In another of Gamasutra's year-end Q&As, we talk to Rob Huebner and Mark Cooke of Nihilistic Software (Vampire: The Masquerade
) about the relative ease of use for developing for PlayStation 3 and Xbox 360, with the duo favoring Microsoft's tools, but suggesting that "over time the differences [in ease of development] will even out".
Huebner, who is President of the former Starcraft: Ghost
developer and has worked on titles including Descent, Starcraft
and Jedi Knight: Dark Forces 2
was joined for this chat by Mark Cooke (Jedi Knight, Grim Fandango
), who is lead gameplay programmer at the company.
Gamasutra: Now that all of the next-gen consoles are out, what do you think of each?
: Well, that's a pretty loaded question! Did most people answer that question? Well we've seen all of them by now, for sure. We're developing for PS3 and 360, and I think for developers it's good because they're more alike than they are different, which you couldn't say about the Xbox and the PS2 - those were a real bitch to cross-platform develop for.
But 360 and PS3, they're individual personalities, and it has to be said that the PS3 requires a bit more handholding sometimes. You've got to beat it around a little more to get what you want out of it, but ultimately you can make a game that's going to look good on both, without having to add a year to your development time. So that's good for the industry, and it's good for us.
The Wii is a totally different animal. It's going after a different market, the games feel totally different, so I think you won't see a lot of cross-platform [development] like all three at the same time, but you're going to see games for the Wii, then other games for the PS3 and 360. Maybe sometimes you'll get the same games, like Madden
or something, but even then they won't really be the same, they'll play differently and look different.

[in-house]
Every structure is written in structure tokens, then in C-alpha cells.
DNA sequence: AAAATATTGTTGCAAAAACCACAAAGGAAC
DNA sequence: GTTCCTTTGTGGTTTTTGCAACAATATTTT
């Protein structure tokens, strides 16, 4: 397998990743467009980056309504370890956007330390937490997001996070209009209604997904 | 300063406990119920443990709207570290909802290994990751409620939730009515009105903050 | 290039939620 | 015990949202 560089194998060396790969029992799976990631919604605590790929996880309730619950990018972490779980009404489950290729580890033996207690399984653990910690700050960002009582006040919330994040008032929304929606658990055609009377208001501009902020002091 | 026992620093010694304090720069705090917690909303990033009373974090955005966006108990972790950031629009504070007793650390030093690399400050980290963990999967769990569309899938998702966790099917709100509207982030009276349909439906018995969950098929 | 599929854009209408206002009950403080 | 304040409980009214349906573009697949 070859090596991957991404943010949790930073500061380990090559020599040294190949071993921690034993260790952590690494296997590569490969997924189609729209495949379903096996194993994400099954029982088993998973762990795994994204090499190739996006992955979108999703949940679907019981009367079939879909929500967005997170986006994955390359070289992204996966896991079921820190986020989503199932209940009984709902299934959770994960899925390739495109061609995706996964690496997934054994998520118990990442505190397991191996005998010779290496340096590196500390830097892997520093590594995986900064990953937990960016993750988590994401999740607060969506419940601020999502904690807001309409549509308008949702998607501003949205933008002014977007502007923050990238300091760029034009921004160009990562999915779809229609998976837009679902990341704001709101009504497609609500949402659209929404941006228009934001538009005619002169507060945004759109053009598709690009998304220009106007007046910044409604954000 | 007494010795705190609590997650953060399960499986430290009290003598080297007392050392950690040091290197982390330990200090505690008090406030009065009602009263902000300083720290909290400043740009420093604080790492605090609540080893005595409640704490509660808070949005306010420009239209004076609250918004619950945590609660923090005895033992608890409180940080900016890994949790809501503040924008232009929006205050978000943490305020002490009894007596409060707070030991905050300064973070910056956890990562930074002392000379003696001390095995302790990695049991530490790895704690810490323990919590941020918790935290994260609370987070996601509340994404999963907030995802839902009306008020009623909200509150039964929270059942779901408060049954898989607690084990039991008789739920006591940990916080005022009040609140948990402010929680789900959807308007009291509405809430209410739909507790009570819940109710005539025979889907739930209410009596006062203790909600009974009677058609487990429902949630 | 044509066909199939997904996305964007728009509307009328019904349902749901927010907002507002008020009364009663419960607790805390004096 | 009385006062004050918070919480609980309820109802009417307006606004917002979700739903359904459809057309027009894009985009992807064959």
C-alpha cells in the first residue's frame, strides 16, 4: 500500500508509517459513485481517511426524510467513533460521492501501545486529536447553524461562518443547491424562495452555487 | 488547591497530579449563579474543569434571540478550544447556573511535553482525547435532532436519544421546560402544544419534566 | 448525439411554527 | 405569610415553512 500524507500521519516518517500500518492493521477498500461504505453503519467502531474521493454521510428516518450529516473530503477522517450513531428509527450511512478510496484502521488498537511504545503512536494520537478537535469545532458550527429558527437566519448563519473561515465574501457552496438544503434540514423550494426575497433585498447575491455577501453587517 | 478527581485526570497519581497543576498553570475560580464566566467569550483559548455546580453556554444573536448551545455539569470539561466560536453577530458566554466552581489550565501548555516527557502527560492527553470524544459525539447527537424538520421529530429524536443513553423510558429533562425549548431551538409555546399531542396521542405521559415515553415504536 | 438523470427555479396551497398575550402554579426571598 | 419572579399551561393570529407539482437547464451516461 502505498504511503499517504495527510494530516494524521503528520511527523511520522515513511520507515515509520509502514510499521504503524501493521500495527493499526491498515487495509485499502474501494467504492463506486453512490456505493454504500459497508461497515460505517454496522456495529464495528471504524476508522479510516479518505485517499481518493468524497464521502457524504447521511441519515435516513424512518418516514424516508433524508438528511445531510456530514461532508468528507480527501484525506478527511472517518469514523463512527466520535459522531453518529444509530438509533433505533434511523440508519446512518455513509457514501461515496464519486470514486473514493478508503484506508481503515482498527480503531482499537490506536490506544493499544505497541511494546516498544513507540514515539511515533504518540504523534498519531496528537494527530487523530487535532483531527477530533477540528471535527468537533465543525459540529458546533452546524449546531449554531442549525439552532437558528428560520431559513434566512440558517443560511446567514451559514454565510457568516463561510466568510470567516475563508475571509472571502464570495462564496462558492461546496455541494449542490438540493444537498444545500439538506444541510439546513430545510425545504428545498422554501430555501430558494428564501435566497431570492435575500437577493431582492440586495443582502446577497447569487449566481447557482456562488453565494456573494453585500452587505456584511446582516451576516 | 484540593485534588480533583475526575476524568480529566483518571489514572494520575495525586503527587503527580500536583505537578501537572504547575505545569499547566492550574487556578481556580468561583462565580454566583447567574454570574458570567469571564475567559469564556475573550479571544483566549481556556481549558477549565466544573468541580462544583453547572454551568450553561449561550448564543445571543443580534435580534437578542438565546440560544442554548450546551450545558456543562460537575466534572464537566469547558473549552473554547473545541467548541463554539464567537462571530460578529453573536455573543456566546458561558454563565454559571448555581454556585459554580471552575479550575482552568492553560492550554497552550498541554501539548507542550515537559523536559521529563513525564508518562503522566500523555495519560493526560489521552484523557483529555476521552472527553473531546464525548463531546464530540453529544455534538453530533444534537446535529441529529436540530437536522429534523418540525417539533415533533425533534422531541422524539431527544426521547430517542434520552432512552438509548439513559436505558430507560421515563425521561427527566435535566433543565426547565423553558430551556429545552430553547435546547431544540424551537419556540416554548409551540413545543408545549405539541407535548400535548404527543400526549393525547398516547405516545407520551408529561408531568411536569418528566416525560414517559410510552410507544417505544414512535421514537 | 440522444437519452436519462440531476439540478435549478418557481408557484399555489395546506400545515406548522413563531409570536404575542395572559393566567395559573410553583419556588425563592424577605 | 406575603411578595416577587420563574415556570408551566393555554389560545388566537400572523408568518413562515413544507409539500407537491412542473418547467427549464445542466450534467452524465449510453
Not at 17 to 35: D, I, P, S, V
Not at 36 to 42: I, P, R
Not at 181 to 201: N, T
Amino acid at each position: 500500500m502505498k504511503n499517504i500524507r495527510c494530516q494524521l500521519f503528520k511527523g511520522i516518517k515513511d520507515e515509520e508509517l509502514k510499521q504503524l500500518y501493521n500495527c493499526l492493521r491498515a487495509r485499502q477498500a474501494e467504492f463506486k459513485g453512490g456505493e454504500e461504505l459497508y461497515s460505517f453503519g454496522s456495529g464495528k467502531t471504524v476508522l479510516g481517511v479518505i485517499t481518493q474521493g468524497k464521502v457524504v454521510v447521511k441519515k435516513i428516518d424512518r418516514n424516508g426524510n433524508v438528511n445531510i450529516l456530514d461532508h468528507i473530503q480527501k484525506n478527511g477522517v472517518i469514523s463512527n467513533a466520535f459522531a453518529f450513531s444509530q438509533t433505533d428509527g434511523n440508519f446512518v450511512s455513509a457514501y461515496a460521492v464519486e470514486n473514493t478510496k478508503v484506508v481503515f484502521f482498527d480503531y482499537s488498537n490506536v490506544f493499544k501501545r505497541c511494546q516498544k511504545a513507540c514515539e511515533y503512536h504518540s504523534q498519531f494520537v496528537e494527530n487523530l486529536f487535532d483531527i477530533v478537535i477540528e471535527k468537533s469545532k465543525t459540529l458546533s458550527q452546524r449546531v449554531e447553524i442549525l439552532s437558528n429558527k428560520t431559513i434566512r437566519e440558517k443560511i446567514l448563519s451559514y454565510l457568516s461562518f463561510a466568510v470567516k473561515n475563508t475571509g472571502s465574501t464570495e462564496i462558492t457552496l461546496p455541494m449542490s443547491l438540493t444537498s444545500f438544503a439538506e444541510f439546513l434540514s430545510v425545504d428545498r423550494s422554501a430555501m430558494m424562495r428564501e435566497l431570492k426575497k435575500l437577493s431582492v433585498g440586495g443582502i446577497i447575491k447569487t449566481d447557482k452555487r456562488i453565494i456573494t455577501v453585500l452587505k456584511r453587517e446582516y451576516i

GS: I've heard that programming for PS3 and 360 is somewhat similar powerwise, but they use that power in different ways. Have you found that challenging?
: Yeah, definitely, I mean since we had the 360 for longer, most of our engineers right now are working on getting the PS3 version (up to speed). It's not that it's inherently harder, but it's taking time to get our PS3 version looking like our 360 version does. And then after that we can start taking advantage of each one.
But yeah, we're putting a lot of resources into rearchitecting things on the PS3 so it works equally well on the PS3 as it does on the 360. They use their RAM differently, they use their processor power differently, so…
GS: It's interesting that you're kind of catching PS3 up to where 360 is – do you think it'll be the other way at some point?
: That's a loaded question! I think the biggest difference is that the 360 has been in our hands longer, and I'll be totally honest that Microsoft's development tools are better, so you can compile faster, you can debug quicker. PS3 is catching up though – PS3 tools are already better than the PS2 ones.
For example, we got the SN distributed build system which is awesome, and Sony buying SN Systems was a good move because they have in-house development tools and there's just one official development tool, rather than two competing companies.
So I think over time the differences will even out, because, sure [Microsoft has] a one year head start, but three years from now, a one year head start is not as big a deal as it is right now.
The biggest thing from a programmer's perspective is that Microsoft, as a software company, they have historically had better tools than Sony does. Like Rob said, Sony's are getting better, but they have some catching up to do in terms of ease of use that the development team gets out of the development tools.
SN does a good job with the size team they have, I mean they're scrappy and likeable, but they're not Microsoft. They're not a gazillion dollar company.
GS: You must've all played games on each by now, so how about from that side?
If I had to give a recommendation to consumers for this Christmas, Xbox 360 does have that one year head start, so developers know how to use the machine better than they know how to use the PS3. And they may perhaps have had to rush their games for launch, the ones that are out now. And if you can't even find a PS3, well there's that.
The Wii, I've played that as well. Very different target, but it's all in good fun!
I would second that. This Christmas isn't really the Christmas where most consumers have to choose between PS3 and 360, they have to choose between waiting or jumping into 360.
I'm like hey, you might as well jump into 360, because it's got good stuff, the online interface is good, it's solid and everything works, so buy a PS3 also, but later. We love people to have both machines!
GS: Competition is good!
It's more money in our wallet (laughs). We're a cross-platform developer. We don't develop for Wii, but I want people to buy it because it encourages creative games, and creative smaller developers and even indie developers are going to keep that thing going well. It helps the industry to have the input of these kind of crazy, zany games.